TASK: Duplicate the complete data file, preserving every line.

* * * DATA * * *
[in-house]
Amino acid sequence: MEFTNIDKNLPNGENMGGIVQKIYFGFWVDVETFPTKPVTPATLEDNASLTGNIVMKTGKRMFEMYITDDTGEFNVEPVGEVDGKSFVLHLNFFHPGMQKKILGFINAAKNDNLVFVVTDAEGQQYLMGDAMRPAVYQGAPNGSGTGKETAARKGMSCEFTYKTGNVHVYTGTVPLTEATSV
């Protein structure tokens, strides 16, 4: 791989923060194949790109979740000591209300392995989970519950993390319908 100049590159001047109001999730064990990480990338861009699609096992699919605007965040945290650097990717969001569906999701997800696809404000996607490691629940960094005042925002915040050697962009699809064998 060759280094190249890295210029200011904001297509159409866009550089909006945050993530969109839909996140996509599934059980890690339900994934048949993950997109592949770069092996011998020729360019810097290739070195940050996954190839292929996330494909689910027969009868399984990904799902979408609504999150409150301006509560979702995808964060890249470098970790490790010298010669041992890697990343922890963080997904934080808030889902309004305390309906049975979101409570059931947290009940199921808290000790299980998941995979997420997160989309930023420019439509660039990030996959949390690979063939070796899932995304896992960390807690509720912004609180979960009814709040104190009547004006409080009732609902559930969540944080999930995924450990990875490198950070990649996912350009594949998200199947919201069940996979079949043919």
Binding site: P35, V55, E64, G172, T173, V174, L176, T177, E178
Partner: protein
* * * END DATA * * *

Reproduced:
[in-house]
Amino acid sequence: MEFTNIDKNLPNGENMGGIVQKIYFGFWVDVETFPTKPVTPATLEDNASLTGNIVMKTGKRMFEMYITDDTGEFNVEPVGEVDGKSFVLHLNFFHPGMQKKILGFINAAKNDNLVFVVTDAEGQQYLMGDAMRPAVYQGAPNGSGTGKETAARKGMSCEFTYKTGNVHVYTGTVPLTEATSV
């Protein structure tokens, strides 16, 4: 791989923060194949790109979740000591209300392995989970519950993390319908 100049590159001047109001999730064990990480990338861009699609096992699919605007965040945290650097990717969001569906999701997800696809404000996607490691629940960094005042925002915040050697962009699809064998 060759280094190249890295210029200011904001297509159409866009550089909006945050993530969109839909996140996509599934059980890690339900994934048949993950997109592949770069092996011998020729360019810097290739070195940050996954190839292929996330494909689910027969009868399984990904799902979408609504999150409150301006509560979702995808964060890249470098970790490790010298010669041992890697990343922890963080997904934080808030889902309004305390309906049975979101409570059931947290009940199921808290000790299980998941995979997420997160989309930023420019439509660039990030996959949390690979063939070796899932995304896992960390807690509720912004609180979960009814709040104190009547004006409080009732609902559930969540944080999930995924450990990875490198950070990649996912350009594949998200199947919201069940996979079949043919």
Binding site: P35, V55, E64, G172, T173, V174, L176, T177, E178
Partner: protein